Question 1

A very common misconception students have about potentiometers is the relationship between resistance and direction of wiper motion. For instance, it is common to hear a student say something like this, “Turning the potentiometer so the wiper moves up will increase the resistance of the potentiometer.”



Explain why it does not really make sense to say something like this.

 

Question 2

Potentiometers are manufactured in two different “tapers”: linear and audio. Linear taper potentiometers provide a direct, linear relationship between wiper position and resistance division, so that equal changes in wiper position result in equal changes in resistance. Audio taper potentiometers provide a non-linear (logarithmic, to be exact) relationship between wiper position and resistance division, so that the same amount of wiper motion at one end of its range gives a much greater change in resistance than at the other end of its range.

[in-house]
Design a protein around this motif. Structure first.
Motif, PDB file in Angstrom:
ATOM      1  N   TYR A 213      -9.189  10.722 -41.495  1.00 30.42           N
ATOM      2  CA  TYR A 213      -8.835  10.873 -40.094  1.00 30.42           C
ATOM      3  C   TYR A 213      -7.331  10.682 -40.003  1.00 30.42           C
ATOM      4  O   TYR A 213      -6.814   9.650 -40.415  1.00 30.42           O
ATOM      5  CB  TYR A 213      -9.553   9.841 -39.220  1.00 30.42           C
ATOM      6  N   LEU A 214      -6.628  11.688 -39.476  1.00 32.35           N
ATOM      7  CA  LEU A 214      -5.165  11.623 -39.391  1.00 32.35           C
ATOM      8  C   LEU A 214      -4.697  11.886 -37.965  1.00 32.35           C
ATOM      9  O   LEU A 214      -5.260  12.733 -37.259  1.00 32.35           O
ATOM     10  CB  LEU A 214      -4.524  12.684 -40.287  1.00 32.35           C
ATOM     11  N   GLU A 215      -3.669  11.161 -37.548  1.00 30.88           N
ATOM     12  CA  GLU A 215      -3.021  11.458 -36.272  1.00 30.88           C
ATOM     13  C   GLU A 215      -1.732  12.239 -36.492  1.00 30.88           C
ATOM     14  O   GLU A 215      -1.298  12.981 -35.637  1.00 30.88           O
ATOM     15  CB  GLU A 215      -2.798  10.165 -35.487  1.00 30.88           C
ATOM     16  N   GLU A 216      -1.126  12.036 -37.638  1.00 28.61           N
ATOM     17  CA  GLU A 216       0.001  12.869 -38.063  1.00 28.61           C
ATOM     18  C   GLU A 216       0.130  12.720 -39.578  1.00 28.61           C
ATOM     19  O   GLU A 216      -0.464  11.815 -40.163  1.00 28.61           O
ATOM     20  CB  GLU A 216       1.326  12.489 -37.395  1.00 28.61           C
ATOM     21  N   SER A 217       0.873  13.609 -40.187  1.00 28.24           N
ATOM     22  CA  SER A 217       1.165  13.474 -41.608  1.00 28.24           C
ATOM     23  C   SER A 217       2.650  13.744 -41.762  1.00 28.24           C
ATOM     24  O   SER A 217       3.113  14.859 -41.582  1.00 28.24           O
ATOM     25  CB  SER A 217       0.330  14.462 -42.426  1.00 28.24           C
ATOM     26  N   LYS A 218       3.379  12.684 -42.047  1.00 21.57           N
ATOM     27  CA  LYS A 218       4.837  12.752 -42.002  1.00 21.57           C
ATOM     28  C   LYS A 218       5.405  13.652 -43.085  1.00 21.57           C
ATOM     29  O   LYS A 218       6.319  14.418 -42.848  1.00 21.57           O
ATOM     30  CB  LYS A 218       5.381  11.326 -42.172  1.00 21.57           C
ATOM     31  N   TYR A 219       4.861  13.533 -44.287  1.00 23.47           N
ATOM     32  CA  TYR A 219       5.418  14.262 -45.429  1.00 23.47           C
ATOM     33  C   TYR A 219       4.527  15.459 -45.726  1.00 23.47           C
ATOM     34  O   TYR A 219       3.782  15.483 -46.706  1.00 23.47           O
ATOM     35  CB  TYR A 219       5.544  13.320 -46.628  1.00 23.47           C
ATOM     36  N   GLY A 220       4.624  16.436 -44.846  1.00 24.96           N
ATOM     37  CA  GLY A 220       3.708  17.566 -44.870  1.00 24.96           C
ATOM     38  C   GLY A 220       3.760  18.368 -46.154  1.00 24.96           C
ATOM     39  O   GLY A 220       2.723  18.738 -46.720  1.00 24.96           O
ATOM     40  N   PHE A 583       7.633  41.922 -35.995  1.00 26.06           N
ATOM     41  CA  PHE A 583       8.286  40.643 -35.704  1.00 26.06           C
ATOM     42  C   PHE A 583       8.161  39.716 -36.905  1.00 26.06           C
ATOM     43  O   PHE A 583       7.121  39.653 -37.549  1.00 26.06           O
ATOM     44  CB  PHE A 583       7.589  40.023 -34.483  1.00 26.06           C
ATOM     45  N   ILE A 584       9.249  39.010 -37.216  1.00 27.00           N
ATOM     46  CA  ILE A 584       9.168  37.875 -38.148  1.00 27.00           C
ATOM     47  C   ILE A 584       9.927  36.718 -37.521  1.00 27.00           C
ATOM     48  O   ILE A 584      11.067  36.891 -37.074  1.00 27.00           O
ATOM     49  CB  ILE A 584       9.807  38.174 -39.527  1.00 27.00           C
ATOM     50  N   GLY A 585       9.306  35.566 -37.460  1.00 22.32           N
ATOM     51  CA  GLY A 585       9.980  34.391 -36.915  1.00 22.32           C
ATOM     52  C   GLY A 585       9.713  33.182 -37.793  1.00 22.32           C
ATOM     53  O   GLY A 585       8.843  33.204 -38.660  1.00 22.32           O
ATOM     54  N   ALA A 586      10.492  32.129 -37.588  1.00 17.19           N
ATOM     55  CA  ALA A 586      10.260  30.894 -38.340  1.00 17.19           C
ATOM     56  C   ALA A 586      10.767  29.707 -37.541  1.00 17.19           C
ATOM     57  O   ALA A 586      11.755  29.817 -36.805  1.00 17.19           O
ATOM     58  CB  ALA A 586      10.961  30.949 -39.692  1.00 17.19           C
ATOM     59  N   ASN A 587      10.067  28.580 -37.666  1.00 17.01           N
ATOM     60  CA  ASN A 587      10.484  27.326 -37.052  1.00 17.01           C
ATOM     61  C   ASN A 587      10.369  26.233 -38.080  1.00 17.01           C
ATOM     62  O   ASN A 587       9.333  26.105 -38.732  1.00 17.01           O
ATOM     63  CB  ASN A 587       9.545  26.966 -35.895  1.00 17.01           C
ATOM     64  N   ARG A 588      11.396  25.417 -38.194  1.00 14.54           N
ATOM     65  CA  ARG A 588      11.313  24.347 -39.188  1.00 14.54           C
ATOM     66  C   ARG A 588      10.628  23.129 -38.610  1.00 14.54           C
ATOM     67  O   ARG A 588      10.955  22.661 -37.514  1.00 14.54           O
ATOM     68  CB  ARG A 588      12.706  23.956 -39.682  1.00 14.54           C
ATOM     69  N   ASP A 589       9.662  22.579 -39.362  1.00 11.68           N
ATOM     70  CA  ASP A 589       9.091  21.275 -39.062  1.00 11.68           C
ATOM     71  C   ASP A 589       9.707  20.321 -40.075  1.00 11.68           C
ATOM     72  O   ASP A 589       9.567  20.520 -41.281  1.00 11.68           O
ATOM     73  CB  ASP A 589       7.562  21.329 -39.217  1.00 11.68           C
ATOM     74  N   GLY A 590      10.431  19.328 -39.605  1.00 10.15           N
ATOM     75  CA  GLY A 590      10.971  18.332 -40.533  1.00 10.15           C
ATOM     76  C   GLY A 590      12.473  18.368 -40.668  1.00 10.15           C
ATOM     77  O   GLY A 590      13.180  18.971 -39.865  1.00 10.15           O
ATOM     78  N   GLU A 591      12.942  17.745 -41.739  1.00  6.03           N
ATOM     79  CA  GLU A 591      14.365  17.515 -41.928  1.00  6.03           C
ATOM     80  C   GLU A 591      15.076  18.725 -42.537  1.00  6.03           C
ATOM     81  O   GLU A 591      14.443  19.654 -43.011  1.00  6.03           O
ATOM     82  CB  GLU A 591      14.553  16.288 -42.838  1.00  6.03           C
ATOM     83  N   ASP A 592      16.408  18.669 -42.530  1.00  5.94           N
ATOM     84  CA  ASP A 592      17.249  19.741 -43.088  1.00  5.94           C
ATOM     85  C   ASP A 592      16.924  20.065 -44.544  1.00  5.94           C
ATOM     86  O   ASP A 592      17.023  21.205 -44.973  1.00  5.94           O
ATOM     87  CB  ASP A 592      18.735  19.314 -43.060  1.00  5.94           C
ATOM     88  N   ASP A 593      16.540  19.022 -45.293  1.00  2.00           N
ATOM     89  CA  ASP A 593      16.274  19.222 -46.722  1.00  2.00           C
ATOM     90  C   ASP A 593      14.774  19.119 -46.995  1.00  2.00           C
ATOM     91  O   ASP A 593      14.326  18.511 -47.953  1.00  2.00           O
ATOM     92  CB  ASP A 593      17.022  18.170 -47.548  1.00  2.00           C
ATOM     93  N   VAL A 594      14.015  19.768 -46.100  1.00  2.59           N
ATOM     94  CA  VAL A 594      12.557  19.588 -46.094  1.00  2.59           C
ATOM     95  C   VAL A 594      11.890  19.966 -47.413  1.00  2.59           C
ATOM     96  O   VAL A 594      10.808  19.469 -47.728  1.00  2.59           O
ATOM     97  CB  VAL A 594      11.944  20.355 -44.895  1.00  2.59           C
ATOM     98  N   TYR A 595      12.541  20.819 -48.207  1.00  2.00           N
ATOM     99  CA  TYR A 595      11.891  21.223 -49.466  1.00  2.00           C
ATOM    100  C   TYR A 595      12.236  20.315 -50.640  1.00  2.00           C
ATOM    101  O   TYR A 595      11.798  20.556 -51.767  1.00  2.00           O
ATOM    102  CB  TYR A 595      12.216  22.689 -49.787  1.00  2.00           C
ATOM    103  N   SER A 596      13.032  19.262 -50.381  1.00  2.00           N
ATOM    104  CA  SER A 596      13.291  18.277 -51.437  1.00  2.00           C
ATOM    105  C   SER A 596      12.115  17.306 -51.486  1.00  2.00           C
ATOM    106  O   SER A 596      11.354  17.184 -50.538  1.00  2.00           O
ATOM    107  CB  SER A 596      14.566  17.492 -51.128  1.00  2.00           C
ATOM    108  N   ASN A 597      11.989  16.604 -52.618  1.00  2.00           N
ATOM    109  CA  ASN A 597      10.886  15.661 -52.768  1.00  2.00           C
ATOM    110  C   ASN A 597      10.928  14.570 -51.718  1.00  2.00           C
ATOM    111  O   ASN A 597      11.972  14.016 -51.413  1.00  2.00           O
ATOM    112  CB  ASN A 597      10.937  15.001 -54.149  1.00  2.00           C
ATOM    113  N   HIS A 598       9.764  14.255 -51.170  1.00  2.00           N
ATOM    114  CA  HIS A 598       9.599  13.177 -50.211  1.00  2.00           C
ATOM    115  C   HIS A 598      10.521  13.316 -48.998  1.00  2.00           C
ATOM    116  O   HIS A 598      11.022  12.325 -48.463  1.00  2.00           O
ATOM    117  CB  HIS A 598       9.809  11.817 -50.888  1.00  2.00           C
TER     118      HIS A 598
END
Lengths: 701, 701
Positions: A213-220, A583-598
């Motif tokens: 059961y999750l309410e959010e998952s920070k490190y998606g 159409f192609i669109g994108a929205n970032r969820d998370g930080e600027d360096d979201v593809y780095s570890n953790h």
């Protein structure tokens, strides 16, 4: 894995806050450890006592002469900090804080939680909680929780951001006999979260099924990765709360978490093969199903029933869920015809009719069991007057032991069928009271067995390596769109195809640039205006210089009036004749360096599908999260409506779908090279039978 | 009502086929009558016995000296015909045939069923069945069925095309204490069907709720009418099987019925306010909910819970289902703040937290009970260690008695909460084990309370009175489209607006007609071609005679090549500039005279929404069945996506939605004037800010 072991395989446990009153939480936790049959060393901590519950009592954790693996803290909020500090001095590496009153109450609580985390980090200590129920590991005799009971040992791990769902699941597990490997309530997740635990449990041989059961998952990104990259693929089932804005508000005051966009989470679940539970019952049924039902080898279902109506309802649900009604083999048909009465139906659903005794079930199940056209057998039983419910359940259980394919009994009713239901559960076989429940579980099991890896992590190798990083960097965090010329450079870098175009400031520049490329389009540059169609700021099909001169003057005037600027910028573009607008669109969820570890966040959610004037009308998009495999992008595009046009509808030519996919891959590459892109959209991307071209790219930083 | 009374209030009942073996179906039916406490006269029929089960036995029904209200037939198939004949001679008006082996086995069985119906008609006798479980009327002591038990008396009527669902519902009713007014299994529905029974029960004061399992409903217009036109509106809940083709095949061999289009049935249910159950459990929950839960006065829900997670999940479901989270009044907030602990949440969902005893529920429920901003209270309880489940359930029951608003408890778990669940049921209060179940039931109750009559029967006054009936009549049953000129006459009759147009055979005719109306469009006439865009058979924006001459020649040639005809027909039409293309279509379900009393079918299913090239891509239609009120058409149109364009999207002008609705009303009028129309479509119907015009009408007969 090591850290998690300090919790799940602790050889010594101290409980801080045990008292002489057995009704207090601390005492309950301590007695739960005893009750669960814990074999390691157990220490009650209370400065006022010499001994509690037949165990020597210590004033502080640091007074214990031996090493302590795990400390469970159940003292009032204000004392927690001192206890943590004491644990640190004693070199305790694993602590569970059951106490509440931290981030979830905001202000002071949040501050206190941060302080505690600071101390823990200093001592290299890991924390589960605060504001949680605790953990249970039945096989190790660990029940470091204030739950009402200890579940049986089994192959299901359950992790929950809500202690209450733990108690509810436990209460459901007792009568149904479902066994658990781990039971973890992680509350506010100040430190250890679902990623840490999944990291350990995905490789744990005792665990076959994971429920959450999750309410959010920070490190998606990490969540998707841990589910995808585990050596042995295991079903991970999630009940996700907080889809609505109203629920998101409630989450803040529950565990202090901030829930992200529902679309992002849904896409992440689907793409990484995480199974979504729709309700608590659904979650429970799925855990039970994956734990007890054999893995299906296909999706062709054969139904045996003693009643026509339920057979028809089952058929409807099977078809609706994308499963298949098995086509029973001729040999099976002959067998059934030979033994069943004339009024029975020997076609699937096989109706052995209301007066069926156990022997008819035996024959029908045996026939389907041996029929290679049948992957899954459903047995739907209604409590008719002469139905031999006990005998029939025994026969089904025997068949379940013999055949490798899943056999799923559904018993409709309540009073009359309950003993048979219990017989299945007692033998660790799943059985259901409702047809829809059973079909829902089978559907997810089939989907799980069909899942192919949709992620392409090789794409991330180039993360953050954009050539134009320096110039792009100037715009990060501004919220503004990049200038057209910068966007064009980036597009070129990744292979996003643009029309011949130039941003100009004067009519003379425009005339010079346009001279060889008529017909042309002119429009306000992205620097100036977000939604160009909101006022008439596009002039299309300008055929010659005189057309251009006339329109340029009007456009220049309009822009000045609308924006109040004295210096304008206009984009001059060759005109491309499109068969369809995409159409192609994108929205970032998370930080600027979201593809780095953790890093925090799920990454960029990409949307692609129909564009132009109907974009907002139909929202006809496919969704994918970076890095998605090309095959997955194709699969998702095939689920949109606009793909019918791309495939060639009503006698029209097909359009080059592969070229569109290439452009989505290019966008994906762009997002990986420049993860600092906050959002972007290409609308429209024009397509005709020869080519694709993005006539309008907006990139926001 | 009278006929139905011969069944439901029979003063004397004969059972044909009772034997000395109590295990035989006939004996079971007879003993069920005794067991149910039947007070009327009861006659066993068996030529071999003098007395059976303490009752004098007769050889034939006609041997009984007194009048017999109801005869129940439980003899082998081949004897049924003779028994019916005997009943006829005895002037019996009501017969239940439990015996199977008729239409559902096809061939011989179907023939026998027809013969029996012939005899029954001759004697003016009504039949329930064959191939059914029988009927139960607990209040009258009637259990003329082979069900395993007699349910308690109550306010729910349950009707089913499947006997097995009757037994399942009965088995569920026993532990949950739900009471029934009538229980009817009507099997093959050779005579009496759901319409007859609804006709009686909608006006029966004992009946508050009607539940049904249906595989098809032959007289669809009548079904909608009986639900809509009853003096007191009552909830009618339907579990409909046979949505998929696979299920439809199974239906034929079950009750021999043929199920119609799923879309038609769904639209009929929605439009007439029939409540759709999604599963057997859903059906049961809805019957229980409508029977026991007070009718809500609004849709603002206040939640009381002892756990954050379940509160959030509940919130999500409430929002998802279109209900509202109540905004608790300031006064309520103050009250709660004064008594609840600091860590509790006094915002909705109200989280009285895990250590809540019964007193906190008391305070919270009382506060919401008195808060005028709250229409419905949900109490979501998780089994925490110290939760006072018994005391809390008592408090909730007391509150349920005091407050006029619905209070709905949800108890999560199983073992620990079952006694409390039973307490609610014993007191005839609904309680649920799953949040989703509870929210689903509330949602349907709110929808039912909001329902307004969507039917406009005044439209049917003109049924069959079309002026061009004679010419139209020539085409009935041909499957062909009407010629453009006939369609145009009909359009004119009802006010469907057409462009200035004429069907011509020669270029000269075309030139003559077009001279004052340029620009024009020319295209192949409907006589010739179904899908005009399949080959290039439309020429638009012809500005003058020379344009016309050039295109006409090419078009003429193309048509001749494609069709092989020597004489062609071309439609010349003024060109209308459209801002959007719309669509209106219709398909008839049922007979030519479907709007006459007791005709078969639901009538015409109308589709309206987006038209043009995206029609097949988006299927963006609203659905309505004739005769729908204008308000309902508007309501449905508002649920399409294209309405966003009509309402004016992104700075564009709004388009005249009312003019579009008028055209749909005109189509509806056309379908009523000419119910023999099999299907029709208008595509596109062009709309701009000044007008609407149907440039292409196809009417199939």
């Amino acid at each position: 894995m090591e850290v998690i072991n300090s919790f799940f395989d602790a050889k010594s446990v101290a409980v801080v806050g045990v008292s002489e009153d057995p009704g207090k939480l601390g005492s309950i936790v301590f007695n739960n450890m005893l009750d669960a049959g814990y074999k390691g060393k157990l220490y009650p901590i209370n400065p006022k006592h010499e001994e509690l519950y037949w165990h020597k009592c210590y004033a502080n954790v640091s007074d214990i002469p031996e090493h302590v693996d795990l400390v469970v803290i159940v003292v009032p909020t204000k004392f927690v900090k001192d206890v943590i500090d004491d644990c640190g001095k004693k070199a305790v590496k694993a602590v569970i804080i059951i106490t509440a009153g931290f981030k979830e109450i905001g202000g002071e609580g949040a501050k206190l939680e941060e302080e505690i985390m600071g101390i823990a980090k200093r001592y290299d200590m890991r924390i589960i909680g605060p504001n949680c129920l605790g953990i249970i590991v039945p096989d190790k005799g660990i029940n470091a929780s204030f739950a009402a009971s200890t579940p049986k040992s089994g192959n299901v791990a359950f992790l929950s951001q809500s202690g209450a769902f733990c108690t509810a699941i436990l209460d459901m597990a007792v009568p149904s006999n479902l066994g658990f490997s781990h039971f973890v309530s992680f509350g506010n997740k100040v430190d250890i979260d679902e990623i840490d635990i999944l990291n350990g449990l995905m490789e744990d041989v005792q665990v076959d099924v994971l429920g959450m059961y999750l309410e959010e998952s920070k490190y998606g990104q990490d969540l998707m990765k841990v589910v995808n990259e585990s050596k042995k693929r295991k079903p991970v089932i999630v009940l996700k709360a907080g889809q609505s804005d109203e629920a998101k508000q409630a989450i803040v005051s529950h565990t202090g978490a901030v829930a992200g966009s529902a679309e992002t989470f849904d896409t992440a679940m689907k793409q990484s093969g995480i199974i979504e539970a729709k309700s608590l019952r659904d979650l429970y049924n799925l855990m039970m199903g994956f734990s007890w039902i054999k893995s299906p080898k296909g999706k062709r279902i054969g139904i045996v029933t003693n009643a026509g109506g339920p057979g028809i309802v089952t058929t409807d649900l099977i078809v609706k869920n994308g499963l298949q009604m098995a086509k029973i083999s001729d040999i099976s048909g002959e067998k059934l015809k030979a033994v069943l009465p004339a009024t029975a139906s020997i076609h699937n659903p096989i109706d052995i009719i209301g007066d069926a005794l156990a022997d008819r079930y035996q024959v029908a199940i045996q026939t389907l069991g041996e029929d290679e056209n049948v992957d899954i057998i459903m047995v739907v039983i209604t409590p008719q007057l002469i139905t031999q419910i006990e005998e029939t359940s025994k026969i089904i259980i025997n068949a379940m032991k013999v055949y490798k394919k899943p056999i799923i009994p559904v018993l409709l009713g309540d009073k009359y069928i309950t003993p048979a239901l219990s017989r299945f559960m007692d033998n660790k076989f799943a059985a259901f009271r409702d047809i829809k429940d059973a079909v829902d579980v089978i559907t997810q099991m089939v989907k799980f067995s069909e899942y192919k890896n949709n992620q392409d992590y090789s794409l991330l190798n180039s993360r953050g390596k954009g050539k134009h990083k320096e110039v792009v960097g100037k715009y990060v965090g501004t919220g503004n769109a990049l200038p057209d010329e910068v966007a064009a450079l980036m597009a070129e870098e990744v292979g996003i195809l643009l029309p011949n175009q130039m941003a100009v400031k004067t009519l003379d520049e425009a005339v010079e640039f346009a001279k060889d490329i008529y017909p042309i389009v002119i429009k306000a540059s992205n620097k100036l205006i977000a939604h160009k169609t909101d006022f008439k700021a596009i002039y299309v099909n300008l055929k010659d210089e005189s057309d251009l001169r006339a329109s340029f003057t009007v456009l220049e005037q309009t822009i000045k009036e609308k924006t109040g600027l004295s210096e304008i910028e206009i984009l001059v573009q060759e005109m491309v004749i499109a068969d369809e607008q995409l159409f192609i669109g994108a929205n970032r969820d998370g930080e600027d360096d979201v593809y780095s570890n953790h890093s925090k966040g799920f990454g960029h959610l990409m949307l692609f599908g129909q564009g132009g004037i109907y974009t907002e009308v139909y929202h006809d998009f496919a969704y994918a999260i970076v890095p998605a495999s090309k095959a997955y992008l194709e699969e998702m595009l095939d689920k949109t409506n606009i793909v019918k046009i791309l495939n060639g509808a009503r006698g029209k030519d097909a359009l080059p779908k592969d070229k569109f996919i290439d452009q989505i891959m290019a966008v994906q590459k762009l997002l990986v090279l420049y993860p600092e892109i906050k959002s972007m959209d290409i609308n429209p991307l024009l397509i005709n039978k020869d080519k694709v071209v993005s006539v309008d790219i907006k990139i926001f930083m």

Suppose you have a potentiometer, but do not know whether it has a linear or audio taper. How could you determine this, using a meter?

 


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